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Science. 2003 Feb 28;299(5611):1404-7.

Genetic control of surface curvature.

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1
Department of Cell and Developmental Biology, John Innes Centre, Norwich Research Park, Norwich, NR4 7UH, UK.

Abstract

Although curvature of biological surfaces has been considered from mathematical and biophysical perspectives, its molecular and developmental basis is unclear. We have studied the cin mutant of Antirrhinum, which has crinkly rather than flat leaves. Leaves of cin display excess growth in marginal regions, resulting in a gradual introduction of negative curvature during development. This reflects a change in the shape and the progression of a cell-cycle arrest front moving from the leaf tip toward the base. CIN encodes a TCP protein and is expressed downstream of the arrest front. We propose that CIN promotes zero curvature (flatness) by making cells more sensitive to an arrest signal, particularly in marginal regions.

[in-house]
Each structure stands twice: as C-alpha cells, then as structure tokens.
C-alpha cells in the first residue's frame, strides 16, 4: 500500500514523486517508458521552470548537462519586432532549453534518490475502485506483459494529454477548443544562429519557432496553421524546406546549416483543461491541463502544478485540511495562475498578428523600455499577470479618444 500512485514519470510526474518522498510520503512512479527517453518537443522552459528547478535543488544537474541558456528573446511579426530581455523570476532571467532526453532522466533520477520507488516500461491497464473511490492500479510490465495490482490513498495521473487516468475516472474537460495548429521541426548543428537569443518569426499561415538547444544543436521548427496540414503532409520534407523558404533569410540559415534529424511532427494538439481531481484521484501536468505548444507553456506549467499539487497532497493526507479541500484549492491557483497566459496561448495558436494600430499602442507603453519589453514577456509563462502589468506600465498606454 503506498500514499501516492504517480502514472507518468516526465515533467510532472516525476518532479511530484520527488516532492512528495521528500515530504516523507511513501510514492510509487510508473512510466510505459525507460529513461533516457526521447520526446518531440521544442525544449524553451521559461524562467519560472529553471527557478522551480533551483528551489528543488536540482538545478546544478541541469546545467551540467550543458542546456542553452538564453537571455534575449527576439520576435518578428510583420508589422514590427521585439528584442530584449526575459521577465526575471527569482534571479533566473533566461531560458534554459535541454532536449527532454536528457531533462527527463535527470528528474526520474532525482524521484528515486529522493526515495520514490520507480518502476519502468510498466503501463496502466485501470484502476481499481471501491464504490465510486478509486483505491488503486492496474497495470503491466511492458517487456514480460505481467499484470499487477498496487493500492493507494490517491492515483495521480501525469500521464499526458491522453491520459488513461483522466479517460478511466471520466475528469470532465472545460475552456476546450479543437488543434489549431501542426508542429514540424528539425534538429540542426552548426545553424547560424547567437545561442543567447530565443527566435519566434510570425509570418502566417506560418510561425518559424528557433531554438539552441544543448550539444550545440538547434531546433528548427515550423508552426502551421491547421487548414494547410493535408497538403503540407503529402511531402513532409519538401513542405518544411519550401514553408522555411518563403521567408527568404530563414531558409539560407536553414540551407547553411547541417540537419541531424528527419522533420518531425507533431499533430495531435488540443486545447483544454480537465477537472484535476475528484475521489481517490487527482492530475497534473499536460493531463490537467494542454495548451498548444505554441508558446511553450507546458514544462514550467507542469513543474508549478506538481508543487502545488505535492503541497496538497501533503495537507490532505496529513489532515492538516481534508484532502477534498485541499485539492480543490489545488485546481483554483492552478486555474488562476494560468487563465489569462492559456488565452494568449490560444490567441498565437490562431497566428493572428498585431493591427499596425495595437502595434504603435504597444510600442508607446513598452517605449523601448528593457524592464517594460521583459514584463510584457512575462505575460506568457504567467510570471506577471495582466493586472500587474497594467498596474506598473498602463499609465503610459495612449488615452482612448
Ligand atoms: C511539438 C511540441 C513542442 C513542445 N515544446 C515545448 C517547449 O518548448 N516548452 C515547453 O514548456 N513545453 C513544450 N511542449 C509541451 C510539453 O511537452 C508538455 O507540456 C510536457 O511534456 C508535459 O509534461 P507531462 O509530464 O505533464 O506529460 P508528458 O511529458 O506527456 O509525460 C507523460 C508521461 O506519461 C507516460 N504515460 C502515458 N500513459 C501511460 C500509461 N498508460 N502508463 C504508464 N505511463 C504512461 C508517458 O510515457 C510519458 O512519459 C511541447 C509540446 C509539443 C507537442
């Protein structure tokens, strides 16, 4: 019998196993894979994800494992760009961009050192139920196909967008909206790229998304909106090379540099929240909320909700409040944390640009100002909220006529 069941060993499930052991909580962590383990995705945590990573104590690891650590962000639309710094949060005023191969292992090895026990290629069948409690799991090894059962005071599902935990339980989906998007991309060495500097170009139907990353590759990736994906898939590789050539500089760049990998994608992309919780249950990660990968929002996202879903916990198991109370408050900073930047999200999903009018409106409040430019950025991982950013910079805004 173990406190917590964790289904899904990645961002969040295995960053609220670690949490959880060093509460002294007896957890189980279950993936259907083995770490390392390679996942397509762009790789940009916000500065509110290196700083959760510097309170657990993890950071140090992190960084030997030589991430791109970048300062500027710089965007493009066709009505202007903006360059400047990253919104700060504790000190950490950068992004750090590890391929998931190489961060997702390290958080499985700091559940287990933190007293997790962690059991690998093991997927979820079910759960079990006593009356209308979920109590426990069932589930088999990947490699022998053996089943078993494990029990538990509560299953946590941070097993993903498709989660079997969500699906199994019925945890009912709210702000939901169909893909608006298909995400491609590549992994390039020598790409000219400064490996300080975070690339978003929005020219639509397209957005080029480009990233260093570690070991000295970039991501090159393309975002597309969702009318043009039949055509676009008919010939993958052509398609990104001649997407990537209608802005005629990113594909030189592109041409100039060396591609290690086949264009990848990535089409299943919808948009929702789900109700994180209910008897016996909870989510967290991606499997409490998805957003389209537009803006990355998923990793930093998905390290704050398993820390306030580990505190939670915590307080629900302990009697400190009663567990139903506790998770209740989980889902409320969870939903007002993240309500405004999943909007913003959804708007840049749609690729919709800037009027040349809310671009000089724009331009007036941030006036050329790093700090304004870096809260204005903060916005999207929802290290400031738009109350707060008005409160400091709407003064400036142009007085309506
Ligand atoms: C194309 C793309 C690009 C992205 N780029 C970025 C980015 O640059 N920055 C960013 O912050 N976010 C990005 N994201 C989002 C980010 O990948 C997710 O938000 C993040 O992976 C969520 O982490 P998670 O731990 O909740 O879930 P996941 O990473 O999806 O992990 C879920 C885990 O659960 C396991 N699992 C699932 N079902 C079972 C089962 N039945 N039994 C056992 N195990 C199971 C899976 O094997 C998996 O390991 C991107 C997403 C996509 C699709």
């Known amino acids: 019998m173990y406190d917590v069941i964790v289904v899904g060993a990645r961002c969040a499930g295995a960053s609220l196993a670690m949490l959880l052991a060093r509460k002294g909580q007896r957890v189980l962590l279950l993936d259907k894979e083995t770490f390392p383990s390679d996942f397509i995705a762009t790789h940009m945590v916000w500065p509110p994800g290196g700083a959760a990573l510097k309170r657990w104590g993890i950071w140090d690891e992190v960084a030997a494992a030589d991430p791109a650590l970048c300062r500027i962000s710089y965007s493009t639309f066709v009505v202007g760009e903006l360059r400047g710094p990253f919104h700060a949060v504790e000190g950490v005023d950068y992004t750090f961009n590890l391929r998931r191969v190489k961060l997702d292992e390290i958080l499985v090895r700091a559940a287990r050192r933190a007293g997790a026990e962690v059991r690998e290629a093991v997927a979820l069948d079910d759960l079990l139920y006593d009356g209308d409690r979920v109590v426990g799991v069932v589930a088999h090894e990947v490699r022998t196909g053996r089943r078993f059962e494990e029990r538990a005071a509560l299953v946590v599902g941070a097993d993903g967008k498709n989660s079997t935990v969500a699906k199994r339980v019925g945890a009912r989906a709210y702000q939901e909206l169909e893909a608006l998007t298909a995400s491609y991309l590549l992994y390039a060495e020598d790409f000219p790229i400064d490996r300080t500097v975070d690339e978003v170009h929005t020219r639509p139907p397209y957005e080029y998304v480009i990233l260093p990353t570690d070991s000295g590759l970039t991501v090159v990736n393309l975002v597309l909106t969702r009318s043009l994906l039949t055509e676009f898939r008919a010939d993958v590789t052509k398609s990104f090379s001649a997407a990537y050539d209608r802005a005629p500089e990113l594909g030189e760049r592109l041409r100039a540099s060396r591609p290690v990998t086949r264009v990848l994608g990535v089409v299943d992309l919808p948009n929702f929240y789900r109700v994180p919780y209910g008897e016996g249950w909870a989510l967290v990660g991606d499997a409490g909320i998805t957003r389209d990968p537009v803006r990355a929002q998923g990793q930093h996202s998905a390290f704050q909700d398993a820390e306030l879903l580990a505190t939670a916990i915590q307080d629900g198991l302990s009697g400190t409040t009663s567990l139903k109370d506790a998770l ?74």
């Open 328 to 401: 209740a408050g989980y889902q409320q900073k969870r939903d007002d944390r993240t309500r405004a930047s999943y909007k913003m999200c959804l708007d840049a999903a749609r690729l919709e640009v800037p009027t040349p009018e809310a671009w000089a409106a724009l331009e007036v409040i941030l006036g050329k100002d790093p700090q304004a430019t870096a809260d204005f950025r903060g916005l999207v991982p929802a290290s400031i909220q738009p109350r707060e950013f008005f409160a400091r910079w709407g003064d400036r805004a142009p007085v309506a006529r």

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PMID:
12610308
DOI:
10.1126/science.1079354
[Indexed for MEDLINE]
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